Kyle Rittenhouse provoked the fatal shootings in Kenosha, Wisconsin, last year by pointing his AR-15-style weapon at Joseph Rosenbaum, prosecutors said Monday in closing arguments of his homicide trial.
“That is what provokes this entire incident,” prosecutor Thomas Binger said. “When the defendant provokes this incident, he loses the right to self-defense. You cannot claim self-defense against a danger you create.”
In response, defense attorney Mark Richards said Rittenhouse did not act recklessly when he fatally shot Rosenbaum, who Richards argued had threatened him, chased him, thrown a plastic bag at him and lunged for his gun.
“When my client shot Joseph Rosenbaum, he feared for his life. He feared because of his prior threats, prior statements and the violent acts that had been witnessed by my client,” Richards said.Advertisement
The dueling closing arguments, which took up most of Monday, came at the end of a two-week trial highlighted by emotional and illuminating testimony from Rittenhouse himself, who said he acted in self-defense when he fatally shot Rosenbaum.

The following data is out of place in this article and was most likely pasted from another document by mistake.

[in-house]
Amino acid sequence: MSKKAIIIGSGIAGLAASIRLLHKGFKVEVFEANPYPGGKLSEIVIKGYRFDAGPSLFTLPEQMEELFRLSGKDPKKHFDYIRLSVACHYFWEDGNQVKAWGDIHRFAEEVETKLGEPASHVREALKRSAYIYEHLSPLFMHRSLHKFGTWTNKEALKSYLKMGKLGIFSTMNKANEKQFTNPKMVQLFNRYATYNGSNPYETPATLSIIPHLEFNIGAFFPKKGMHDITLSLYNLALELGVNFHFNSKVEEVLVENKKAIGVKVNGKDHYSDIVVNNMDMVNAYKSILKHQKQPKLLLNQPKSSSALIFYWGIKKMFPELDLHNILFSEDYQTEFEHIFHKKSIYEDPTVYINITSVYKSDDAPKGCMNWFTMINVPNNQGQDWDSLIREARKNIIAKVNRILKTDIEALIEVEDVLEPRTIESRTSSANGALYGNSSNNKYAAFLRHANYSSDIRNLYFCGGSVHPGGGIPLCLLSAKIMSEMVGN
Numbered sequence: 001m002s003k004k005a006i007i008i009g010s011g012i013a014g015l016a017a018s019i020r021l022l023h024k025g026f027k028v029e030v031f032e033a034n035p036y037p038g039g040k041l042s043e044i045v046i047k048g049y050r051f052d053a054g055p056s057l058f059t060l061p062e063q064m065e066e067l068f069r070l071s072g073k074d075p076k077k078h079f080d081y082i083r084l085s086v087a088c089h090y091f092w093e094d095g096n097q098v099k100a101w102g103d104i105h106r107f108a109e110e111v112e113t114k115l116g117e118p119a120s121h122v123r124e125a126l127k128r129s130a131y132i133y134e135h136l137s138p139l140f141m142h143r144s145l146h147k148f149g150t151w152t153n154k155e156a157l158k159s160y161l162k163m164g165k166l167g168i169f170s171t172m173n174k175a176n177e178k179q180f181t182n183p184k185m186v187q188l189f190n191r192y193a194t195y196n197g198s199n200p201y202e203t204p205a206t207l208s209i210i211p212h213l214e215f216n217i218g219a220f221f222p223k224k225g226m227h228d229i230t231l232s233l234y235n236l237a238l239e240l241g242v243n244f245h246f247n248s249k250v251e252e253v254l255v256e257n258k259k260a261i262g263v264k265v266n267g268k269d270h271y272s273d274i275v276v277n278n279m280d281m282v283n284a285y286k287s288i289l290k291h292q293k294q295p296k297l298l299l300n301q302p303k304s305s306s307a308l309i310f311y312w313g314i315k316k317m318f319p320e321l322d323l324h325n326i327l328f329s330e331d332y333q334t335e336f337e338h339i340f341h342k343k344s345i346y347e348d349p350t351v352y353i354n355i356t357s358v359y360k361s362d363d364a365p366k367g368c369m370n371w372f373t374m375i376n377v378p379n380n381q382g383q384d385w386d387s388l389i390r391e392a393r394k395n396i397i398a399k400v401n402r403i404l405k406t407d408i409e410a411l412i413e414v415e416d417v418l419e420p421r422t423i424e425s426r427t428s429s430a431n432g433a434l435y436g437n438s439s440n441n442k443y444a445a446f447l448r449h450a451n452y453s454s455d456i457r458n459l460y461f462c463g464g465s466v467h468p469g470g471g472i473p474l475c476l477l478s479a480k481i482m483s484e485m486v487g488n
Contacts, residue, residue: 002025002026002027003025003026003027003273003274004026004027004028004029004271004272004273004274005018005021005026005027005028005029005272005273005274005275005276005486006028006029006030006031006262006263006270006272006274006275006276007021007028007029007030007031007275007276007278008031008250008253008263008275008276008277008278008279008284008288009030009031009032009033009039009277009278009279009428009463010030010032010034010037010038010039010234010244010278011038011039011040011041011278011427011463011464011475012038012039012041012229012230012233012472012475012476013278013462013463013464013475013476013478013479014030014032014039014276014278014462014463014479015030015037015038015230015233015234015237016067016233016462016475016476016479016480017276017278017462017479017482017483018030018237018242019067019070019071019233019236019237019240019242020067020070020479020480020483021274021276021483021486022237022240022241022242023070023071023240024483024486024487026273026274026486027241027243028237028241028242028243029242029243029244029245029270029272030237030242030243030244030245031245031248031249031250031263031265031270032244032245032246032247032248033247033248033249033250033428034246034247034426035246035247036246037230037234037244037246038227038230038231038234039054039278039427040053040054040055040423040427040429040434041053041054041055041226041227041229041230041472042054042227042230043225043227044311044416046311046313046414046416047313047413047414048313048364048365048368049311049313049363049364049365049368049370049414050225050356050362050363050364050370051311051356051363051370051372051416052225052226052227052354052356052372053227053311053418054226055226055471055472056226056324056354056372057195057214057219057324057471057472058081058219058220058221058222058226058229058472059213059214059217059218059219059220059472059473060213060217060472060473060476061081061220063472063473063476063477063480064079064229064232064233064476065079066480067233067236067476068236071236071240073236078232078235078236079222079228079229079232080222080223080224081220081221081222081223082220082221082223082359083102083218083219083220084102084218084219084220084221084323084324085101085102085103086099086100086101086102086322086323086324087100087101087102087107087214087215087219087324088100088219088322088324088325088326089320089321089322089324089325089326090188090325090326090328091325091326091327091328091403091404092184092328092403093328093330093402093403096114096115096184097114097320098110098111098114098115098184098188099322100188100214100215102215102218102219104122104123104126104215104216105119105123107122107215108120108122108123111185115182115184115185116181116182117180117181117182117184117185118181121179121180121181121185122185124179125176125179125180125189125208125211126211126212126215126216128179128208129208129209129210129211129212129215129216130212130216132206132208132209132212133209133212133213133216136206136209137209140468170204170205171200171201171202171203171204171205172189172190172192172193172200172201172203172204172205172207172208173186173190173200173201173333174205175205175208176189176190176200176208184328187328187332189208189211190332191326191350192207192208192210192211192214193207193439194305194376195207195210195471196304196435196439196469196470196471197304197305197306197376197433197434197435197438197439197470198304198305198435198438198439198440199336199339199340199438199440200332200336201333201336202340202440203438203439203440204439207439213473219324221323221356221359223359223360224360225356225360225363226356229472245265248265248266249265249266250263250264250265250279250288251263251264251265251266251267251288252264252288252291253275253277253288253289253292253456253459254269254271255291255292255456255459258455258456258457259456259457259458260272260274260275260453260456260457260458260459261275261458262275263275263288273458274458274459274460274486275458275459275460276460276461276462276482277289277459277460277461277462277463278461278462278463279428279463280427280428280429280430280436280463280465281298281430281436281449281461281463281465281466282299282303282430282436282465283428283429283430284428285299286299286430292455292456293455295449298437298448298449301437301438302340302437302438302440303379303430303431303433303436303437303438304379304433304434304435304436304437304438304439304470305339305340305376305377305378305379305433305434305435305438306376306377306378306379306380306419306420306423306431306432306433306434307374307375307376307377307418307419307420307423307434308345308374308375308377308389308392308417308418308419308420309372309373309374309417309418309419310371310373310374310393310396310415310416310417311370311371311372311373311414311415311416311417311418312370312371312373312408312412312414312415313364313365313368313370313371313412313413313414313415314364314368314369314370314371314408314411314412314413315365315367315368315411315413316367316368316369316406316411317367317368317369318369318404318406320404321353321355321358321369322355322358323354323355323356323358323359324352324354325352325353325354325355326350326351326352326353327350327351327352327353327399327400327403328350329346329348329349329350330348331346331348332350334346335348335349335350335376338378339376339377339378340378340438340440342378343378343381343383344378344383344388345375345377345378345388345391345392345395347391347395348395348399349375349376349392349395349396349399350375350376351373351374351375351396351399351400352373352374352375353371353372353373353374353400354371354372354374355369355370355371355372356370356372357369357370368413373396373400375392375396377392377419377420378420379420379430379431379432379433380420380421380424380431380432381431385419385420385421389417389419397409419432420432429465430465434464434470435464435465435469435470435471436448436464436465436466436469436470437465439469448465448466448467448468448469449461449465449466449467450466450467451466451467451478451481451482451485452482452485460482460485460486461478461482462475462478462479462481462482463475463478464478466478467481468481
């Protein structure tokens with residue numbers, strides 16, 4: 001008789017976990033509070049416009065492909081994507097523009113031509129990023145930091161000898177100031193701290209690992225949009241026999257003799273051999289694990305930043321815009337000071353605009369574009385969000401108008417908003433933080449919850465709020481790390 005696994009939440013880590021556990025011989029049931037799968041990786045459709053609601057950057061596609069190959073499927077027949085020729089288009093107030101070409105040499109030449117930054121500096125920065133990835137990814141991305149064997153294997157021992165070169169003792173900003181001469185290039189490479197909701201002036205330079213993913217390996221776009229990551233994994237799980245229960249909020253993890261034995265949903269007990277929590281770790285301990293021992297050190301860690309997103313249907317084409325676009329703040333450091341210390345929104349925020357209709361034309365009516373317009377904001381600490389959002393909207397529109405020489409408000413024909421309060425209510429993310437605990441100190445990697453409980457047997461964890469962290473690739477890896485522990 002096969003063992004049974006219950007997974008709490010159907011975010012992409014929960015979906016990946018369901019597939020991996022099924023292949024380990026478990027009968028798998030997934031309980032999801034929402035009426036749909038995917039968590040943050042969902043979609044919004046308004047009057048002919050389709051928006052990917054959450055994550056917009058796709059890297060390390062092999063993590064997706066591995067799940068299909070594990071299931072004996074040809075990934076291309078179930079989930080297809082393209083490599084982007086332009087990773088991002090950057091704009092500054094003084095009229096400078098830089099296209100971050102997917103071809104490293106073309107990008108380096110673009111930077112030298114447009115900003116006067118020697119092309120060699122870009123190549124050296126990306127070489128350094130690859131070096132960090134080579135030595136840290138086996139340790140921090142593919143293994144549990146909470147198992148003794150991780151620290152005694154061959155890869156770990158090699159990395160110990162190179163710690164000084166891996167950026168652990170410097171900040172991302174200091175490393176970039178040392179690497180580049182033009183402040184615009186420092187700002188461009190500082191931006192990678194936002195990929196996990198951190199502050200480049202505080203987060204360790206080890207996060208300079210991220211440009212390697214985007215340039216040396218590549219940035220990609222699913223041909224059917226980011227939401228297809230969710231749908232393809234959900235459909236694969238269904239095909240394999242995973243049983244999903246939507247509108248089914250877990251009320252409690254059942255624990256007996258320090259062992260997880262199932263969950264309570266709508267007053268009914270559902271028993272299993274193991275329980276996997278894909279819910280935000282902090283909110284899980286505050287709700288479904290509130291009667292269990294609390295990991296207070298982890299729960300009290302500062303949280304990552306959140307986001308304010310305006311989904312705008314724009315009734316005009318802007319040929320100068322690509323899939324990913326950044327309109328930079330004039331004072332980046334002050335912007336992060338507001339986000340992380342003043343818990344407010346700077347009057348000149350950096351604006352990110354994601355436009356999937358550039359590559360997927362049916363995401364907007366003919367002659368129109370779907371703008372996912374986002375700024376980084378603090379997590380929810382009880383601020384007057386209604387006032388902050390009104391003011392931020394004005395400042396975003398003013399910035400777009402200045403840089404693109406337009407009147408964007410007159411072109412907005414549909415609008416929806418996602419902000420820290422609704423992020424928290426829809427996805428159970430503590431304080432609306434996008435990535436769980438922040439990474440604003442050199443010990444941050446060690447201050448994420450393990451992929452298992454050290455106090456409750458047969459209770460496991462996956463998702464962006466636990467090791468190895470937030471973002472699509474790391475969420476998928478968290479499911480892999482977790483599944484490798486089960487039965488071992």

A crowd of people then pursued the teenager, and Rittenhouse testified he shot in self-defense at a man who tried to kick him; fatally shot Anthony Huber, who had hit him with a skateboard; and shot Gaige Grosskreutz, who was armed with a pistol. Rosenbaum and Huber were killed, and Grosskreutz was wounded.
The group of 18 jurors will be narrowed to 12 this morning and will then begin deliberating in the case.
Earlier Monday, Judge Bruce Schroeder dismissed a misdemeanor weapons charge against Rittenhouse, now 18. He still faces five felony charges and, if convicted on the most serious charge, could face a mandatory sentence of life in prison.
Schroeder also read a set of legal instructions to the jury members and informed them they will be allowed to consider lesser included offenses for two of the five counts.
The trial featured more than a dozen videos from the night of August 25, 2020, showing what happened before, during and after the shootings. Most of the facts of what happened that night were not up for debate — rather, the heart of the trial was the analysis of Rittenhouse’s actions and whether they can be considered “reasonable.”
The prosecution rested its case last Tuesday and the defense rested Friday.
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